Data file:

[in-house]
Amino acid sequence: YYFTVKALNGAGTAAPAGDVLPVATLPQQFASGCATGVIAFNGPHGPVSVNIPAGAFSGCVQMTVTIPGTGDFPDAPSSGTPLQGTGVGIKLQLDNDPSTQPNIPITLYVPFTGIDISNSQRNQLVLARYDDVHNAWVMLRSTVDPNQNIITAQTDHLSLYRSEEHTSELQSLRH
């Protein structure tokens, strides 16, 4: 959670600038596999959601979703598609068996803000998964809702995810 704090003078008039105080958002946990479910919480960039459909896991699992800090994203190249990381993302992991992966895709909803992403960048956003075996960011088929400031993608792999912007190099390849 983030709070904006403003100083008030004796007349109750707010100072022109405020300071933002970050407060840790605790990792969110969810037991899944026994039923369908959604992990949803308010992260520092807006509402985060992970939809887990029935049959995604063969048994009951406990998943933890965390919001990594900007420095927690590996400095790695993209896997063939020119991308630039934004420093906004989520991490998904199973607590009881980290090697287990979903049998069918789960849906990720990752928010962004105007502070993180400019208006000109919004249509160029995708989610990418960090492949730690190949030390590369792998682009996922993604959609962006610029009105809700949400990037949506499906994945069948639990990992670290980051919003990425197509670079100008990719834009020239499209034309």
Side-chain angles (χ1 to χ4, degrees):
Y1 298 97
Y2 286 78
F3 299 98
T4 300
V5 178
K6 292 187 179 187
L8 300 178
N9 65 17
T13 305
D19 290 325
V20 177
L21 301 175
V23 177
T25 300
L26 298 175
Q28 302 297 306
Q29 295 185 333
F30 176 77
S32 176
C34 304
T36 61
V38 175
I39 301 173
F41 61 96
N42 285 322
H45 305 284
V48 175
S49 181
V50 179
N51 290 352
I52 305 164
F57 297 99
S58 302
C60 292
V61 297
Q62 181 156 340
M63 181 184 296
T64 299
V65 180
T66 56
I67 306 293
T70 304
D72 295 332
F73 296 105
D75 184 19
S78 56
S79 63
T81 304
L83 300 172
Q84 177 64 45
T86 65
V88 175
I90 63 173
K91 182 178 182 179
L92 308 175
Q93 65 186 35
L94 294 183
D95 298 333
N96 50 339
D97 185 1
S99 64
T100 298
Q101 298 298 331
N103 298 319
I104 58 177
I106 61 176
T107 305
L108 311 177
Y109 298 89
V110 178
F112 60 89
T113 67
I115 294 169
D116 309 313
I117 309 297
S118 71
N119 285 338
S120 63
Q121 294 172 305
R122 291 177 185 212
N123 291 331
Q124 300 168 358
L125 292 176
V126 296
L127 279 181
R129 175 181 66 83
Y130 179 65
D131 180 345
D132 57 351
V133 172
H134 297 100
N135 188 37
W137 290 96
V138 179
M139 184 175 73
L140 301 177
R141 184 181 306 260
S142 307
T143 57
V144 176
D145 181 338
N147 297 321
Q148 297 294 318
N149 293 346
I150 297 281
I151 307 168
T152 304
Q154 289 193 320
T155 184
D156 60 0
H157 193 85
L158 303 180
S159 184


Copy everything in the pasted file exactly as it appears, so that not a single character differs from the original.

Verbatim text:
[in-house]
Amino acid sequence: YYFTVKALNGAGTAAPAGDVLPVATLPQQFASGCATGVIAFNGPHGPVSVNIPAGAFSGCVQMTVTIPGTGDFPDAPSSGTPLQGTGVGIKLQLDNDPSTQPNIPITLYVPFTGIDISNSQRNQLVLARYDDVHNAWVMLRSTVDPNQNIITAQTDHLSLYRSEEHTSELQSLRH
């Protein structure tokens, strides 16, 4: 959670600038596999959601979703598609068996803000998964809702995810 704090003078008039105080958002946990479910919480960039459909896991699992800090994203190249990381993302992991992966895709909803992403960048956003075996960011088929400031993608792999912007190099390849 983030709070904006403003100083008030004796007349109750707010100072022109405020300071933002970050407060840790605790990792969110969810037991899944026994039923369908959604992990949803308010992260520092807006509402985060992970939809887990029935049959995604063969048994009951406990998943933890965390919001990594900007420095927690590996400095790695993209896997063939020119991308630039934004420093906004989520991490998904199973607590009881980290090697287990979903049998069918789960849906990720990752928010962004105007502070993180400019208006000109919004249509160029995708989610990418960090492949730690190949030390590369792998682009996922993604959609962006610029009105809700949400990037949506499906994945069948639990990992670290980051919003990425197509670079100008990719834009020239499209034309």
Side-chain angles (χ1 to χ4, degrees):
Y1 298 97
Y2 286 78
F3 299 98
T4 300
V5 178
K6 292 187 179 187
L8 300 178
N9 65 17
T13 305
D19 290 325
V20 177
L21 301 175
V23 177
T25 300
L26 298 175
Q28 302 297 306
Q29 295 185 333
F30 176 77
S32 176
C34 304
T36 61
V38 175
I39 301 173
F41 61 96
N42 285 322
H45 305 284
V48 175
S49 181
V50 179
N51 290 352
I52 305 164
F57 297 99
S58 302
C60 292
V61 297
Q62 181 156 340
M63 181 184 296
T64 299
V65 180
T66 56
I67 306 293
T70 304
D72 295 332
F73 296 105
D75 184 19
S78 56
S79 63
T81 304
L83 300 172
Q84 177 64 45
T86 65
V88 175
I90 63 173
K91 182 178 182 179
L92 308 175
Q93 65 186 35
L94 294 183
D95 298 333
N96 50 339
D97 185 1
S99 64
T100 298
Q101 298 298 331
N103 298 319
I104 58 177
I106 61 176
T107 305
L108 311 177
Y109 298 89
V110 178
F112 60 89
T113 67
I115 294 169
D116 309 313
I117 309 297
S118 71
N119 285 338
S120 63
Q121 294 172 305
R122 291 177 185 212
N123 291 331
Q124 300 168 358
L125 292 176
V126 296
L127 279 181
R129 175 181 66 83
Y130 179 65
D131 180 345
D132 57 351
V133 172
H134 297 100
N135 188 37
W137 290 96
V138 179
M139 184 175 73
L140 301 177
R141 184 181 306 260
S142 307
T143 57
V144 176
D145 181 338
N147 297 321
Q148 297 294 318
N149 293 346
I150 297 281
I151 307 168
T152 304
Q154 289 193 320
T155 184
D156 60 0
H157 193 85
L158 303 180
S159 184